Best Hiking GPS

Whether you’re traveling in the backcountry or just off the beaten path, a GPS unit is a must-have. It’s one of the best ways to ensure that you’ll make it back to the car. The technology of GPS has increased dramatically along with the accuracy of tracking. Today’s products are loaded with features that make finding the best hiking GPS a challenge. Let’s point you in the right direction with our round-up of our favorites.


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It wasn’t an easy task, but we managed to wade through the sea of choices to find the best hiking GPS. Our main criteria centered on usability and practical considerations such as battery life and sensitivity.


The Bad Elf 2200 GPS Pro like many units creates a total experience with Bluetooth connectivity to a smartphone app. It’s a great example of the advances in technology. However, it comes at a price. You’ll get a decent battery life of 35 hours if it’s not paired with another device. It drops by less than half to 16 hours if it’s paired. Overall, it’s an excellent safety feature despite this effect.

We loved the fact that it provides status information in real-time that is easy to interpret without a lot of guesswork. The LCD screen is large in proportion to the overall size of the unit which makes for easy viewing. It has an impressive 10Hz reporting rate which you can adjust. It’ll log north of 100 hours of data. The manufacturer has its own proprietary app to share your trip data with others.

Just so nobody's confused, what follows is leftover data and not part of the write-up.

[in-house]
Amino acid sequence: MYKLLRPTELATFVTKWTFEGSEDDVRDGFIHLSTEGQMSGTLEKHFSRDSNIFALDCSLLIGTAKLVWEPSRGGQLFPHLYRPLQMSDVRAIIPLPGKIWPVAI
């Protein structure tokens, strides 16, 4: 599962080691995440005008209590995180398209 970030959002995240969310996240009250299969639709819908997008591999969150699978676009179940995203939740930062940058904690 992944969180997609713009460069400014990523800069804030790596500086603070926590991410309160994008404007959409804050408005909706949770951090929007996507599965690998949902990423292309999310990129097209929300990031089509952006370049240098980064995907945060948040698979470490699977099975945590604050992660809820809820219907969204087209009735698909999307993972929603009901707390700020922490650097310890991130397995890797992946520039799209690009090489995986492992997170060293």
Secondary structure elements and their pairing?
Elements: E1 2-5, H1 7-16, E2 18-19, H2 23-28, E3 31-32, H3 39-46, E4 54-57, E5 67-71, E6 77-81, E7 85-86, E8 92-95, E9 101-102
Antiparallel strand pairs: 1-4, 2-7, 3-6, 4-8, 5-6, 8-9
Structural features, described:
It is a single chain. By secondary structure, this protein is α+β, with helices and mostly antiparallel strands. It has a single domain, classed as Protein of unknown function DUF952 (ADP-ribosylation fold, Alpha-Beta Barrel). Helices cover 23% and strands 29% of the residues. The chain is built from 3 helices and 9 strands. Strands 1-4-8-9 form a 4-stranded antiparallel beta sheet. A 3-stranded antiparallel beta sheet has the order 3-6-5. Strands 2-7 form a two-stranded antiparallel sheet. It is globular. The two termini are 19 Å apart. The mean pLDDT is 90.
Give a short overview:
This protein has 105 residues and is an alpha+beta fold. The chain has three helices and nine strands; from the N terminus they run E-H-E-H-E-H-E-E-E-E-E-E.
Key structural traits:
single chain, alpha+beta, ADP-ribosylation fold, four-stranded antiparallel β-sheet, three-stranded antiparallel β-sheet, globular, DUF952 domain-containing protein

The design is durable and includes IPX4 water resistance. If you have an Apple phone, you’re in luck because it will work with any location-based app. Unfortunately, there’s no love for Android users as far as the app is concerned. The occasional bug sneaks through testing which is certainly annoying if it happens at the wrong time.


  • The Bad Elf includes both a mini-USB cable and a 12-24V DC vehicle USB charger.
  • We loved the addition of the neck lanyard for ease of use and a hands-free experience.
  • The ability to connect with other devices to share the love of your travels is a welcome feature.


  • The significant loss of battery life when paired negates the benefit of Bluetooth connectivity.
  • Its app is only Apple-friendly which is a huge dealbreaker for Android users. Why the hate?
  • The occasional bug hampers the user experience.

The Bad Elf 2200 GPS Pro has the advantage of a hands-free interface, but the limited functionality due to bugs and its app are major problems.



The Garmin GPSMAP 64st has a lot going for it as yet another standup offering from this esteemed manufacturer. Let’s start with power where you can use either two AA batteries or rechargeable ones instead. We love it when manufacturers give us the choice. It has its share of the extras including a 3-axis compass with a barometric altimeter.

The device comes with preloaded TOPO U.S. 100K maps. The resolution isn’t the best, but it does throw in a one-year BirdsEye Satellite Imagery subscription. It has a good screen size of 2.6 inches. We liked the fact that it was a sunlight-readable color screen. That shows some great attention to detail by the manufacturer.

One unexpected but definitely cool feature is 250,000 preloaded geocaches and a carabiner. No more having to go through the painful process of transferring the data. Of course, it hinges on the ability to keep them up-to-date.


  • Rechargeable batteries can be charged while in the device.